Jump to content
Not connected, Your IP: 54.158.251.104
mehāniskākaravīrs935

Is my data safe on from Canadian data retention on AirVPN Servers?

Recommended Posts

Now, I am fully aware that this question has been asked time and time again, but is it really safe to use Canadian servers? AirVPN has stated in the past that they fully conform to data retention laws in Canada. Which surely must mean that they keep data that the Canadian government by law requires them to such as timestamps, log in/log off times, ip etc. could some light be shed on the legal situation with Canadian servers to clarify the situation? More importantly what is and what is not collected by AirVPNs Canadian servers and what impact it has on our privacy. AirVPN constantly states that they would never host a server where they would put our privacy at risk; however in situations like this that statement alone compared with the legal situation at hand is no firm gurantee that we are actually as safe on Canadian servers as we are anywhere else. Quote from support and source link below

 

"We follow laws on data retention in every country we have servers in, so any information which contradicts the non-obligation to log anything MUST be documented at least with the citation of the EXACT law which supposedly would force us to log. Please be sure that we don't work superficially or with misleading information on this critical issue like a lot of "false" anonymity layers providers do."

 

https://airvpn.org/topic/3930-misleading-false-airvpn-does-log/?hl=%2Bcanada+%2Bdata+%2Bretention

Share this post


Link to post

I'm afraid that isn't much of an answer. Sure if they encountered something that would violate our privacy they would shut down Canadian servers. If you read my entire post you would see that staff has OPENLY admitted to abiding by data retention in Canada. My question is simply what data are they retaining to abide by Canadian law and how does that effect user privacy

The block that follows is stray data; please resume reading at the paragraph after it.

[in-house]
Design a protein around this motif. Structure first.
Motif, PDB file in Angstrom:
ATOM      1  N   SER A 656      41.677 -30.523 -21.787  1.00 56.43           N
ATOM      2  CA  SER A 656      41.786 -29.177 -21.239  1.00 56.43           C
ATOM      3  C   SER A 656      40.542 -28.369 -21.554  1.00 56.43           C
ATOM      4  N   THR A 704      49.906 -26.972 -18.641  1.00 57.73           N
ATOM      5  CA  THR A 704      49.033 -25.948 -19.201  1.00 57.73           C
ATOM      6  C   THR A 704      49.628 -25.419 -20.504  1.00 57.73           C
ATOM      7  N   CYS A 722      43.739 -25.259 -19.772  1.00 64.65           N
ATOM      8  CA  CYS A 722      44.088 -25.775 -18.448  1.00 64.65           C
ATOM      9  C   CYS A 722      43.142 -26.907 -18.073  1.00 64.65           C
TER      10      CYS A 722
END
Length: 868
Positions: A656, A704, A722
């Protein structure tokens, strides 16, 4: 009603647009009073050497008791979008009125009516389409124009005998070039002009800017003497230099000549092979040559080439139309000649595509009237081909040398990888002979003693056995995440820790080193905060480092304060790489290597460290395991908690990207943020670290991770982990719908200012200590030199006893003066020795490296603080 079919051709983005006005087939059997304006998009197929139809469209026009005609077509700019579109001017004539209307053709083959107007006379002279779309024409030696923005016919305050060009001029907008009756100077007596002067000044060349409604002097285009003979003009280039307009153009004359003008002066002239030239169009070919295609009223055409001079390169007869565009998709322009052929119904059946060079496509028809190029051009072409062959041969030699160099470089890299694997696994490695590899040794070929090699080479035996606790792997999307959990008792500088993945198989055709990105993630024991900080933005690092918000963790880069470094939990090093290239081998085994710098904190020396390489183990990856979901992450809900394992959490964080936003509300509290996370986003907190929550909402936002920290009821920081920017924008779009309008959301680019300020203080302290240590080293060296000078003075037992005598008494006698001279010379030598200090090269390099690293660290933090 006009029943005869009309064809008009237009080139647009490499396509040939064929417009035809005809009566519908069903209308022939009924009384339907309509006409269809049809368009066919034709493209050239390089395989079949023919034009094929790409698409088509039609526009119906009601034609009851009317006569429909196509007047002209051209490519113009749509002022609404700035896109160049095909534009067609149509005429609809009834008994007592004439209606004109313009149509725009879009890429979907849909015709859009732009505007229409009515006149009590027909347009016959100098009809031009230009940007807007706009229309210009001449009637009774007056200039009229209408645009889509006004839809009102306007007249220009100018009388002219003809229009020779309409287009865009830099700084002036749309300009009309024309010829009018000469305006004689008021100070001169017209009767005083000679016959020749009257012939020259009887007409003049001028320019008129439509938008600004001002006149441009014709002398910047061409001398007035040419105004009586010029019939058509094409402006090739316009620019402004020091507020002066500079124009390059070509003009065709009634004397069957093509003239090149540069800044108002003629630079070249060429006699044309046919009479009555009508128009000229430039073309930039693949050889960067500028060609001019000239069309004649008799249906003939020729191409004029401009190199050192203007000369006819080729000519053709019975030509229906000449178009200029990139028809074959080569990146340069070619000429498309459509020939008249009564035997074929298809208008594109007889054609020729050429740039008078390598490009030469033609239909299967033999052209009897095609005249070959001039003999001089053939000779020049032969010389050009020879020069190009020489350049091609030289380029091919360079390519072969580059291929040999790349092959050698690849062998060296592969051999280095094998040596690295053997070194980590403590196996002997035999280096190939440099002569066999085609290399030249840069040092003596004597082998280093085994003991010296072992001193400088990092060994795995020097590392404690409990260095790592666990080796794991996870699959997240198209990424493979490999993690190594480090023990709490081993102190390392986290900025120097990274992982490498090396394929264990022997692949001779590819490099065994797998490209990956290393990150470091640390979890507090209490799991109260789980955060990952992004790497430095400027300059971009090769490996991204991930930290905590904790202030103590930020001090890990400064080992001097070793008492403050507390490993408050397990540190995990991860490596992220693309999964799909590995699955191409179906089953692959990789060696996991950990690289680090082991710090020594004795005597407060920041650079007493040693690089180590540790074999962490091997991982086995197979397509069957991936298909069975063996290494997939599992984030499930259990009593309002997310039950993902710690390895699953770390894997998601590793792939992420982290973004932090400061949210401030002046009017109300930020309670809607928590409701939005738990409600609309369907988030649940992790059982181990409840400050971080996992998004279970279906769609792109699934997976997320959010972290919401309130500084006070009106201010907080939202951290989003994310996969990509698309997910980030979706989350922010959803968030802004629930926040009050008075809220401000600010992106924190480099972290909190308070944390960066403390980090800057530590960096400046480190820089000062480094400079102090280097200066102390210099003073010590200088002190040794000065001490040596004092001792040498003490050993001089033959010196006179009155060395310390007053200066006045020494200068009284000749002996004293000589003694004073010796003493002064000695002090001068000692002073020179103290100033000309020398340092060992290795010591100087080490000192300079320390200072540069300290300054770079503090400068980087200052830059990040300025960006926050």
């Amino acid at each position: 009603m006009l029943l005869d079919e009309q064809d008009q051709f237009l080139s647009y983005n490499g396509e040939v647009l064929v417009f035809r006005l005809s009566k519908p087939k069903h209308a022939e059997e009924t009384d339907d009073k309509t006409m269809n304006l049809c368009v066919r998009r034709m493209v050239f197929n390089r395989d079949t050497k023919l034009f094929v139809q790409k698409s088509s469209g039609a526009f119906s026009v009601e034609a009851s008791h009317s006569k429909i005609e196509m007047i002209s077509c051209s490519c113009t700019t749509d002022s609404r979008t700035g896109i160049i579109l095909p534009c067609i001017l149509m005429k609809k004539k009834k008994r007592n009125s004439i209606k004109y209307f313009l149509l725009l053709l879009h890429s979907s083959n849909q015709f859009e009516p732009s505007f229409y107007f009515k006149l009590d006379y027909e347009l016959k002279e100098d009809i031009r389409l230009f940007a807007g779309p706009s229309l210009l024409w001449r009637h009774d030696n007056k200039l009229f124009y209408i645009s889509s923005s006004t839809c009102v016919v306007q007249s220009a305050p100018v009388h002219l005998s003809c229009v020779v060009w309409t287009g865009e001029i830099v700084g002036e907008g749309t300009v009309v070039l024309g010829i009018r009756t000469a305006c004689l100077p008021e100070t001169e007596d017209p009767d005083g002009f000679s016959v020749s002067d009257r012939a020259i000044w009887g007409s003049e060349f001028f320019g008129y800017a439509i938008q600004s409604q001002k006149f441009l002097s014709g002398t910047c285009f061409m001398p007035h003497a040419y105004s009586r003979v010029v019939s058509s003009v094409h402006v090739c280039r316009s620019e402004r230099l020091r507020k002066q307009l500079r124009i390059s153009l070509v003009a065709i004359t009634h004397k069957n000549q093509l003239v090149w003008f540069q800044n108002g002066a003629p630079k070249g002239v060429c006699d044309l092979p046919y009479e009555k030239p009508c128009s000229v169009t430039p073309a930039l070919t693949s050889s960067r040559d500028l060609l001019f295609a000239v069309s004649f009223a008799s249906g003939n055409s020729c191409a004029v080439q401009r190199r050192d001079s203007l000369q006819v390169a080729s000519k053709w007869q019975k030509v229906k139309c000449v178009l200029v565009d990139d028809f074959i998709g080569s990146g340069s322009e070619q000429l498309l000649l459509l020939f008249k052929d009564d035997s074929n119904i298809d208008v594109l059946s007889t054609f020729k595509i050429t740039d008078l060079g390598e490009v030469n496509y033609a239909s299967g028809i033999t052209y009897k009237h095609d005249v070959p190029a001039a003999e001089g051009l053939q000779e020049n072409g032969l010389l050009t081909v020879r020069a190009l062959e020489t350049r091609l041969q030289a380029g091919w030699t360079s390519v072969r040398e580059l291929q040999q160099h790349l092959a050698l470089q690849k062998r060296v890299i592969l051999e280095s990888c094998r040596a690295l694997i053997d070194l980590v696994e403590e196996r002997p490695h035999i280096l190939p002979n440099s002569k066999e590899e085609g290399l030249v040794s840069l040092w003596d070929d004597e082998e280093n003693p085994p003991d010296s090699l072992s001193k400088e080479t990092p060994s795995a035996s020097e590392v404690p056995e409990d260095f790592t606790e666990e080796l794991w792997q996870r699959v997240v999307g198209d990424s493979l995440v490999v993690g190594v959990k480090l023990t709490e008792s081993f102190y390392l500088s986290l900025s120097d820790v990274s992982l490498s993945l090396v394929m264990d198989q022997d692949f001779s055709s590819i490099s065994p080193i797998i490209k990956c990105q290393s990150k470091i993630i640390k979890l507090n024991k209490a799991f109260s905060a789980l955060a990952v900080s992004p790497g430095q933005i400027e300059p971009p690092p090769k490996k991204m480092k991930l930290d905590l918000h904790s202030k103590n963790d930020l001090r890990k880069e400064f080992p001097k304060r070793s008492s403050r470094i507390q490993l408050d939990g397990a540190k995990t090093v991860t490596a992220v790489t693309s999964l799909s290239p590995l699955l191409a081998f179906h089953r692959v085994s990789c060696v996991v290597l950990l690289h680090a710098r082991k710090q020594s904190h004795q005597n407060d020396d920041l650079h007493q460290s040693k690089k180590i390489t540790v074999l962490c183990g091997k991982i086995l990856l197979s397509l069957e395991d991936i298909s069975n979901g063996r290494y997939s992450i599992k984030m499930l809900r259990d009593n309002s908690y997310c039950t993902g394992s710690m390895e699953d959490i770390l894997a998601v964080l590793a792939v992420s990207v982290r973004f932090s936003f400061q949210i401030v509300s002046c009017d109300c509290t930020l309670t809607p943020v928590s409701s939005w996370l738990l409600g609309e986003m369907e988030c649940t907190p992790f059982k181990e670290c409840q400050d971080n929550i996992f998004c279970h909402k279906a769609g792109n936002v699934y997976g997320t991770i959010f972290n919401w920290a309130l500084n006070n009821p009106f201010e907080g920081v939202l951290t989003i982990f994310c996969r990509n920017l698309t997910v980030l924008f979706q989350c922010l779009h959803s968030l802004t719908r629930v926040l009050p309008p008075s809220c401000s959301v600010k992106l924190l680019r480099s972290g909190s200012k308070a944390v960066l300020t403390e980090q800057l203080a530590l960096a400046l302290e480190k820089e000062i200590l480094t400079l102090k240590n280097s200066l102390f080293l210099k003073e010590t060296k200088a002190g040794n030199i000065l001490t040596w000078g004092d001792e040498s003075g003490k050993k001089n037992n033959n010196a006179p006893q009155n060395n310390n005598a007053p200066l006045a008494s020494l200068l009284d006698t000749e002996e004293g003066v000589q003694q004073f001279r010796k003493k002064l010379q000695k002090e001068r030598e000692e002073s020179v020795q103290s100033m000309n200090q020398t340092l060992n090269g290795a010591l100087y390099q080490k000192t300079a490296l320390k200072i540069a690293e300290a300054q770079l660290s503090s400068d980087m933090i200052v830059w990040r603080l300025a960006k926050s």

Share this post


Link to post

You have nothing much to worry about.

The original law is bound to ISPs and local providers with physical, local presense in Canada.

 

https://www.loc.gov/law/help/online-privacy-law/canada.php

 

Since Air operates two datacenters (Amanah and Yesup) in Canada, Air is bound, as a customer,

to respect any local civil law in that jurisdiction, such as the ISPs mentioned above.

This tells nothing about direct logging policy, and this is why any foreign customer like Air, which is

located outside of this jurisdiction, is not directly bound to these laws. In this case those ISPs act like

a transit provider, without direct intervention as a legal entity.

So the only thing you might want to take into account is a local Canadian law, that might force local ISPs

to log some kind of metadata (actually any country can have such laws), but what should make you feel

safe is the non-logging policy of Air, which is not bound to the Canadian law by jurisdiction.

And all Air servers are physically administered by Air, with logging disabled, and some counter-measures

against physical tampering, should it ever happen in the worst case scenario.

 

* Note, I am not a lawyer, so this advice is rather technical than legal.


Occasional moderator, sometimes BOFH. Opinions are my own, except when my wife disagrees.

Share this post


Link to post

A thread like this surfaces several times a year.  What I stress is also a very obvious FACT.  Adversaries do quite often monitor and log connections coming into VPN service centers.  Air or any other reliable VPN provider cannot prevent that from happening.  Adversaries (LE) enjoy a "priviledged" position on internet hubs/nodes/gateways, etc....  They know what IP's are connecting so get it solidly in your mind;  your incoming IP's are almost surely being logged but not by Air.  Its how this all works.

 

They cannot see what you are doing if you are smart about your activity.  The most noteable thing you can do is to employ a partition of trust among several providers and use end to end encryption when going past the final exit node.

 

My opinion:  I consider it OPERATOR ERROR to use a one hop VPN (without partition of trust) and then leave encryption when going past your exit node to a final destination.  Such an action cannot be protected even by the best vpn provider, which Air is!